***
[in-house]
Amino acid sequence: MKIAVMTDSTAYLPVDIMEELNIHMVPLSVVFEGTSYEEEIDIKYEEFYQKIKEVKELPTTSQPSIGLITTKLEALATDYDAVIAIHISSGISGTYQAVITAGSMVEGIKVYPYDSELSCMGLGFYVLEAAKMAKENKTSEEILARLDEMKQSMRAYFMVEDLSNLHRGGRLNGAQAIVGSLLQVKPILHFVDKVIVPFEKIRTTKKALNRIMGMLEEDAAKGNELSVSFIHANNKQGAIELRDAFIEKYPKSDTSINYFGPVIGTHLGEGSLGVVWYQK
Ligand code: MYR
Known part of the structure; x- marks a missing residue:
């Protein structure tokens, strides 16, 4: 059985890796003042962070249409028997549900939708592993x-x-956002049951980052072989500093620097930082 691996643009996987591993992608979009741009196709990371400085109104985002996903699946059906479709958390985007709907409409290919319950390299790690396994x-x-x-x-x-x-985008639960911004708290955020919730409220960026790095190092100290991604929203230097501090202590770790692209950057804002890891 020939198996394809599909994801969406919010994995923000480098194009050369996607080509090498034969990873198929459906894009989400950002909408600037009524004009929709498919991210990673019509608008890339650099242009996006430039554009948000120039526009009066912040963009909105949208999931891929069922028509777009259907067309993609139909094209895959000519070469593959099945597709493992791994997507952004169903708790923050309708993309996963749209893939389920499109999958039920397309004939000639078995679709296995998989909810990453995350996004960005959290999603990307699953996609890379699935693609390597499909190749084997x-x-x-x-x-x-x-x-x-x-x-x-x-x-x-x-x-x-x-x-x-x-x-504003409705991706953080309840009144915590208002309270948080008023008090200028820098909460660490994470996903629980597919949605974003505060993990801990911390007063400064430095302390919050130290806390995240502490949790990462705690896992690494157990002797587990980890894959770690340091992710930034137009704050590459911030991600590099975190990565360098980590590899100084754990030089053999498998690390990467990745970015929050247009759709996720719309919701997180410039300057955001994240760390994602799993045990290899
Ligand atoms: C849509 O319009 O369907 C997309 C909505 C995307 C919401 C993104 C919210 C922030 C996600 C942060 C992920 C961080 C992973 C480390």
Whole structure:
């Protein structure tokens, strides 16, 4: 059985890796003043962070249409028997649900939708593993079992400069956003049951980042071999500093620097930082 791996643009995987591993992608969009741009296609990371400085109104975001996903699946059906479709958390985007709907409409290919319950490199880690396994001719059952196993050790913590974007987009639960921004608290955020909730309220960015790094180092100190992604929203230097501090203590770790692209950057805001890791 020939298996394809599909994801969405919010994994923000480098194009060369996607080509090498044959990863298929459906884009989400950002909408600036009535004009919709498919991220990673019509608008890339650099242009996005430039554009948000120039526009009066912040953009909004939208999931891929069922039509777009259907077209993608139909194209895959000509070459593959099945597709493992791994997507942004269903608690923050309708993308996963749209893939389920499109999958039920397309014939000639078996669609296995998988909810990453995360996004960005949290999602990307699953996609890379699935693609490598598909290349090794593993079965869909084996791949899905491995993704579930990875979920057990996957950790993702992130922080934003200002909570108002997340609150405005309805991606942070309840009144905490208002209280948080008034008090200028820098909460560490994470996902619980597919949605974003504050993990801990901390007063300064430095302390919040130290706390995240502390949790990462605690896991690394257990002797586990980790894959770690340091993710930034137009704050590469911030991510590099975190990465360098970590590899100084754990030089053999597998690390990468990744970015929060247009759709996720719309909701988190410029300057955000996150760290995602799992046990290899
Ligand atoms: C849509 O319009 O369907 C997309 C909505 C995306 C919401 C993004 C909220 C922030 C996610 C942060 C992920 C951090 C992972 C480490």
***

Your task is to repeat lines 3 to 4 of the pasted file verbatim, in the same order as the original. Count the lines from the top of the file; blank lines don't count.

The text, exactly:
Ligand code: MYR
Known part of the structure; x- marks a missing residue: